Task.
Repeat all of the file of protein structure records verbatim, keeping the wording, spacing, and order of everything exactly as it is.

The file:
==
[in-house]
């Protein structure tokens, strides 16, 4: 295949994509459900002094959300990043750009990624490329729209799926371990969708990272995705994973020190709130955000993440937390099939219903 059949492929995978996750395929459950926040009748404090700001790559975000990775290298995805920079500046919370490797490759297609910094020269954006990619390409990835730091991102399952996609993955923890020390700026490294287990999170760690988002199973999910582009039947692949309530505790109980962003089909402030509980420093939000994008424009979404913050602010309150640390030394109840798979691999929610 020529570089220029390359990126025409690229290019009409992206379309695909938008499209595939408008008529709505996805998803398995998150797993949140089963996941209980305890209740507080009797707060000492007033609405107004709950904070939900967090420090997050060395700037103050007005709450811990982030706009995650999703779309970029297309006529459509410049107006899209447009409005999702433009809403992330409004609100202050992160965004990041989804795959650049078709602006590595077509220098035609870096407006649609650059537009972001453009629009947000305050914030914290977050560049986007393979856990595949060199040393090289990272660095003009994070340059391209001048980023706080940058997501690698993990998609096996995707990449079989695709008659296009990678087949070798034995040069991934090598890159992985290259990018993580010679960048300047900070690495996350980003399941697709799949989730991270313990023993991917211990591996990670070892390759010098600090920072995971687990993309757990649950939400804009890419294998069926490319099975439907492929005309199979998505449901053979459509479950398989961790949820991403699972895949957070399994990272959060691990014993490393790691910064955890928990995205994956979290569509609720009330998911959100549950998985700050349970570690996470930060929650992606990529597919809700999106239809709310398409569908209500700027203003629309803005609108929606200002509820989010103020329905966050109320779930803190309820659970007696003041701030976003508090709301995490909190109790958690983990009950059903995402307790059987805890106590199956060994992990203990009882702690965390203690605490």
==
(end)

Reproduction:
[in-house]
């Protein structure tokens, strides 16, 4: 295949994509459900002094959300990043750009990624490329729209799926371990969708990272995705994973020190709130955000993440937390099939219903 059949492929995978996750395929459950926040009748404090700001790559975000990775290298995805920079500046919370490797490759297609910094020269954006990619390409990835730091991102399952996609993955923890020390700026490294287990999170760690988002199973999910582009039947692949309530505790109980962003089909402030509980420093939000994008424009979404913050602010309150640390030394109840798979691999929610 020529570089220029390359990126025409690229290019009409992206379309695909938008499209595939408008008529709505996805998803398995998150797993949140089963996941209980305890209740507080009797707060000492007033609405107004709950904070939900967090420090997050060395700037103050007005709450811990982030706009995650999703779309970029297309006529459509410049107006899209447009409005999702433009809403992330409004609100202050992160965004990041989804795959650049078709602006590595077509220098035609870096407006649609650059537009972001453009629009947000305050914030914290977050560049986007393979856990595949060199040393090289990272660095003009994070340059391209001048980023706080940058997501690698993990998609096996995707990449079989695709008659296009990678087949070798034995040069991934090598890159992985290259990018993580010679960048300047900070690495996350980003399941697709799949989730991270313990023993991917211990591996990670070892390759010098600090920072995971687990993309757990649950939400804009890419294998069926490319099975439907492929005309199979998505449901053979459509479950398989961790949820991403699972895949957070399994990272959060691990014993490393790691910064955890928990995205994956979290569509609720009330998911959100549950998985700050349970570690996470930060929650992606990529597919809700999106239809709310398409569908209500700027203003629309803005609108929606200002509820989010103020329905966050109320779930803190309820659970007696003041701030976003508090709301995490909190109790958690983990009950059903995402307790059987805890106590199956060994992990203990009882702690965390203690605490």